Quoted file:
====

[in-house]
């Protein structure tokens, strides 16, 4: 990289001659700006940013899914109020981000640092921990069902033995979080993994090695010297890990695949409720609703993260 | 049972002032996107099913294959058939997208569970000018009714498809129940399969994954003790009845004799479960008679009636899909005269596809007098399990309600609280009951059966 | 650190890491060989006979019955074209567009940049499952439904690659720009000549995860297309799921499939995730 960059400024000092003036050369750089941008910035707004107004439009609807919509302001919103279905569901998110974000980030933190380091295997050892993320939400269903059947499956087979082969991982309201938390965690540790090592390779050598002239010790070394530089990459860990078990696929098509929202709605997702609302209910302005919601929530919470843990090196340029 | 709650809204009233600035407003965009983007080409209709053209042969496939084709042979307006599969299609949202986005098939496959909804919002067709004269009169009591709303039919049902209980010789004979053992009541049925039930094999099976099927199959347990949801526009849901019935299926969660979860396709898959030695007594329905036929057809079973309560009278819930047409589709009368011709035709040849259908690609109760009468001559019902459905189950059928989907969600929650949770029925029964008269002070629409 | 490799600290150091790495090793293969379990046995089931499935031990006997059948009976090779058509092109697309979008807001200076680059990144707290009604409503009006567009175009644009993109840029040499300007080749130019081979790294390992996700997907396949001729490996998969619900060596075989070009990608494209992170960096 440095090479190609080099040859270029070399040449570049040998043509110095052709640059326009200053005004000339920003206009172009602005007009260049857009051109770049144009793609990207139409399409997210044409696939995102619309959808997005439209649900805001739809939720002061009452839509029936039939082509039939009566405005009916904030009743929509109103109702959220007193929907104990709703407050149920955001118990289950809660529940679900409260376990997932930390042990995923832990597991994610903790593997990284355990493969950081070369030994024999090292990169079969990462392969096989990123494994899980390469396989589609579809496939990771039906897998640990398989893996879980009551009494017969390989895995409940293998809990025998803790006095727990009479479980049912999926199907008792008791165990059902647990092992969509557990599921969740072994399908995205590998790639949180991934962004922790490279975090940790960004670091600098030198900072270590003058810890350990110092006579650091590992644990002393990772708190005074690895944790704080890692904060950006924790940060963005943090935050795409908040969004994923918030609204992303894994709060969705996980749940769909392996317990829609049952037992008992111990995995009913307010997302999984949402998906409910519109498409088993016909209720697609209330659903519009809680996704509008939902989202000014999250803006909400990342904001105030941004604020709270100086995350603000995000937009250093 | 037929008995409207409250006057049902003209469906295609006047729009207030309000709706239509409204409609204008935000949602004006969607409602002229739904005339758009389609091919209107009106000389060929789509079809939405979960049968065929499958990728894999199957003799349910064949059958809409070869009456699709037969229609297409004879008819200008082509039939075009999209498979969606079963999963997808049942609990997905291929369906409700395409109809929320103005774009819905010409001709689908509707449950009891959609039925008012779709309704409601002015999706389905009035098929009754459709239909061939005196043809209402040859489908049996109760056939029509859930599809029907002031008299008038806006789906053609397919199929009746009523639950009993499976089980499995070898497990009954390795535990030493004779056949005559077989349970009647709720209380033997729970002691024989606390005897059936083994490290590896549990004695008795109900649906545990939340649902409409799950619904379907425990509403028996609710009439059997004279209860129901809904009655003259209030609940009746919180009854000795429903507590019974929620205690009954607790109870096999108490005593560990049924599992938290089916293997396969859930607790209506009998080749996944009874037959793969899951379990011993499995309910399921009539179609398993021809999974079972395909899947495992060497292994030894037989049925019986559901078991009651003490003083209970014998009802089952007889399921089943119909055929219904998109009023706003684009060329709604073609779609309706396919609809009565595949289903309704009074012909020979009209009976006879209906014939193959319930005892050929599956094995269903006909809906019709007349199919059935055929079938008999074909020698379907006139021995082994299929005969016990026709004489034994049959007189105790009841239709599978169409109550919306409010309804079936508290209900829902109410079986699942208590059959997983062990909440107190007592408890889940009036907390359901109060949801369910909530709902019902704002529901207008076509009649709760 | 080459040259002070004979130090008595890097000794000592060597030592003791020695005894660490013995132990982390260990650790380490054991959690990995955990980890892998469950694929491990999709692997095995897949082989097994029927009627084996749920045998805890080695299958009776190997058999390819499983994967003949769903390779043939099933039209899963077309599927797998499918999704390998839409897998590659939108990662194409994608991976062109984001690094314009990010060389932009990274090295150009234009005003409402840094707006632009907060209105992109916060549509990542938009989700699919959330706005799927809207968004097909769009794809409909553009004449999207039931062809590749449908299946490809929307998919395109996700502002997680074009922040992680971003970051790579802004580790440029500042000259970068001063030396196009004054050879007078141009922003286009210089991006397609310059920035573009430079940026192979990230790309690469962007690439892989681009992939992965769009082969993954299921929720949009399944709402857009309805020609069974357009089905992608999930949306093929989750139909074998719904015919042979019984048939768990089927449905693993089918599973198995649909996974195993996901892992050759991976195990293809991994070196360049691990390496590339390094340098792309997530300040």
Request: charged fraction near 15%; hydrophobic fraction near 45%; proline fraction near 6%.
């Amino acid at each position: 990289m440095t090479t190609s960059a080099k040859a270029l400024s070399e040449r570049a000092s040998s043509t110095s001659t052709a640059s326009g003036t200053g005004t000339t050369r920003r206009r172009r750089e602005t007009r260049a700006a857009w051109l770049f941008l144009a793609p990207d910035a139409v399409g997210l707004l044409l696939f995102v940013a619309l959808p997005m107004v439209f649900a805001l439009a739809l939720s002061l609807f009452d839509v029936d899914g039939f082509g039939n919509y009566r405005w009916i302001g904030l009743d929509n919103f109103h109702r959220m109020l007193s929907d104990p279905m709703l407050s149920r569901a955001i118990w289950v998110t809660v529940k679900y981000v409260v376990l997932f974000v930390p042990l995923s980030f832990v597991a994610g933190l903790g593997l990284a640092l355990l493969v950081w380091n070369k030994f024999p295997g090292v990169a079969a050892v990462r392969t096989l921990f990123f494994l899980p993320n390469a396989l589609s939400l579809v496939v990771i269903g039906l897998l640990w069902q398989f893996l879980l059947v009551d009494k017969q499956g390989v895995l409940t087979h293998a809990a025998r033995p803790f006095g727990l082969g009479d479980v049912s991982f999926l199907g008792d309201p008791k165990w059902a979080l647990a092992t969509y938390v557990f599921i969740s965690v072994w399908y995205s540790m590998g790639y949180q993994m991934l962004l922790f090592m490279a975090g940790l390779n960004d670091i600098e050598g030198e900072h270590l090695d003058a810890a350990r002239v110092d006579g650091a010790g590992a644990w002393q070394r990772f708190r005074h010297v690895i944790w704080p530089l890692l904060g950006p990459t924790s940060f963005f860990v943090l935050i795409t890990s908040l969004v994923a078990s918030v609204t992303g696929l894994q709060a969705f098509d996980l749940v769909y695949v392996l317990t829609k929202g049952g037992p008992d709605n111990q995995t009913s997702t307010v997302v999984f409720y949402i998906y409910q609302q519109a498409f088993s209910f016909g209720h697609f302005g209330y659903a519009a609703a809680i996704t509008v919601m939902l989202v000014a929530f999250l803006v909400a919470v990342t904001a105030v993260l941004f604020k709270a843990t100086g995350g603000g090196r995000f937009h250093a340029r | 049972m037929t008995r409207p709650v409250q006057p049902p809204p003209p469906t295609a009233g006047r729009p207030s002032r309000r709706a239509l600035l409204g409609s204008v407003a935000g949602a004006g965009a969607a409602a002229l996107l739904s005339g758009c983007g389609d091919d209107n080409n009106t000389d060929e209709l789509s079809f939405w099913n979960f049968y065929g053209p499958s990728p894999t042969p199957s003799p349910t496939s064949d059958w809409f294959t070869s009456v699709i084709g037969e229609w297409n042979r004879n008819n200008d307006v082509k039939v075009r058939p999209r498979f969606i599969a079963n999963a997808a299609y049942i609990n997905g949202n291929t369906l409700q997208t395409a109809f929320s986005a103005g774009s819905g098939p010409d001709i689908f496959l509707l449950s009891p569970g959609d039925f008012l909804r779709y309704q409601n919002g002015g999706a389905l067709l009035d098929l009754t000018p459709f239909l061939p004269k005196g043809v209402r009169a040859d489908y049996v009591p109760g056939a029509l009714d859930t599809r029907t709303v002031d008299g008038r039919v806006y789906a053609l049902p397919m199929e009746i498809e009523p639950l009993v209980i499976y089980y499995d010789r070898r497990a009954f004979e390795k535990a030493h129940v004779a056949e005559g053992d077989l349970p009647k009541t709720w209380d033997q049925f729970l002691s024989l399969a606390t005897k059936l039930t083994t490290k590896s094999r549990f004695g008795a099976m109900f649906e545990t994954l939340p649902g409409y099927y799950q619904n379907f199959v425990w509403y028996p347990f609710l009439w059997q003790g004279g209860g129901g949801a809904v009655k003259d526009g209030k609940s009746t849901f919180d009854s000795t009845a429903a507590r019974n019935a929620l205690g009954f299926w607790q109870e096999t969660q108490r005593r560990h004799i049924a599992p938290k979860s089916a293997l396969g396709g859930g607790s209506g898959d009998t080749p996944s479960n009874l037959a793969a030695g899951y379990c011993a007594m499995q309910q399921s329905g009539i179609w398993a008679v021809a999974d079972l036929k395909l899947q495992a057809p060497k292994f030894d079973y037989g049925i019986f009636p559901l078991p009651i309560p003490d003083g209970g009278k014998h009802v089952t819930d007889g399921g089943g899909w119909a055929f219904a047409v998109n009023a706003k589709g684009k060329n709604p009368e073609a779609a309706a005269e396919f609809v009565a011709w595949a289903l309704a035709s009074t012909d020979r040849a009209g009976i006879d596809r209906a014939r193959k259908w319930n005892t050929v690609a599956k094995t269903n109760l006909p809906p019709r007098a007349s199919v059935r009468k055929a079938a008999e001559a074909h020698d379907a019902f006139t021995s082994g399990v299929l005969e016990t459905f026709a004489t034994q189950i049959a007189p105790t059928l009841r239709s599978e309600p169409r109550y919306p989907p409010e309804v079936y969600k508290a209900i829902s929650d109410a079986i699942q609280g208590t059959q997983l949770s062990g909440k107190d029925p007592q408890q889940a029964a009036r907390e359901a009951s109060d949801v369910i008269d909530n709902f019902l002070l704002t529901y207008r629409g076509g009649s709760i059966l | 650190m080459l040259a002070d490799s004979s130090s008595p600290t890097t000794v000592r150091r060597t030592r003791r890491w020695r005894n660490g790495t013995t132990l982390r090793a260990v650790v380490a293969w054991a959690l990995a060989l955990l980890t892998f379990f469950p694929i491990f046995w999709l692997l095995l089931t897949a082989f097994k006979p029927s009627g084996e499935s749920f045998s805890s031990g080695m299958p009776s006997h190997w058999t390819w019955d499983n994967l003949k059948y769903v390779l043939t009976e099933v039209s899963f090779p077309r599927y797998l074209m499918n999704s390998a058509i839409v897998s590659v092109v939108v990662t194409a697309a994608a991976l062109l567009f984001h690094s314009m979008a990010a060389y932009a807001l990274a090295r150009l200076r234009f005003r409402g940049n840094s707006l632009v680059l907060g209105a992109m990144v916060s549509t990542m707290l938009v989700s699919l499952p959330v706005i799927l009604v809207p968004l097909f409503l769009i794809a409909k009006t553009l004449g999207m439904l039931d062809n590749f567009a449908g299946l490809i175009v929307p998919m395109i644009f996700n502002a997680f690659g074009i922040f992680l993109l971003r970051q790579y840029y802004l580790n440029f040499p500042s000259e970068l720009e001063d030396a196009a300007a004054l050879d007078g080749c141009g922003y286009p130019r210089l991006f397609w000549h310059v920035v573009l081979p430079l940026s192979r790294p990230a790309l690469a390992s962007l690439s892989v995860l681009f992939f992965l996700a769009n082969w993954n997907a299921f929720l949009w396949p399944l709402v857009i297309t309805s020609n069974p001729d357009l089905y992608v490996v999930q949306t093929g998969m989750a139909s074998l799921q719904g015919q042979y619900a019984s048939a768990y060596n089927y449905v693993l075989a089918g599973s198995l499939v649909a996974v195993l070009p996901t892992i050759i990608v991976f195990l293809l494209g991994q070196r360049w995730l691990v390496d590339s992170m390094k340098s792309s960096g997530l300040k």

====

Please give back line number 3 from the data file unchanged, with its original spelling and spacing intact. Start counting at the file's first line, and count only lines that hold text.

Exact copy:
Request: charged fraction near 15%; hydrophobic fraction near 45%; proline fraction near 6%.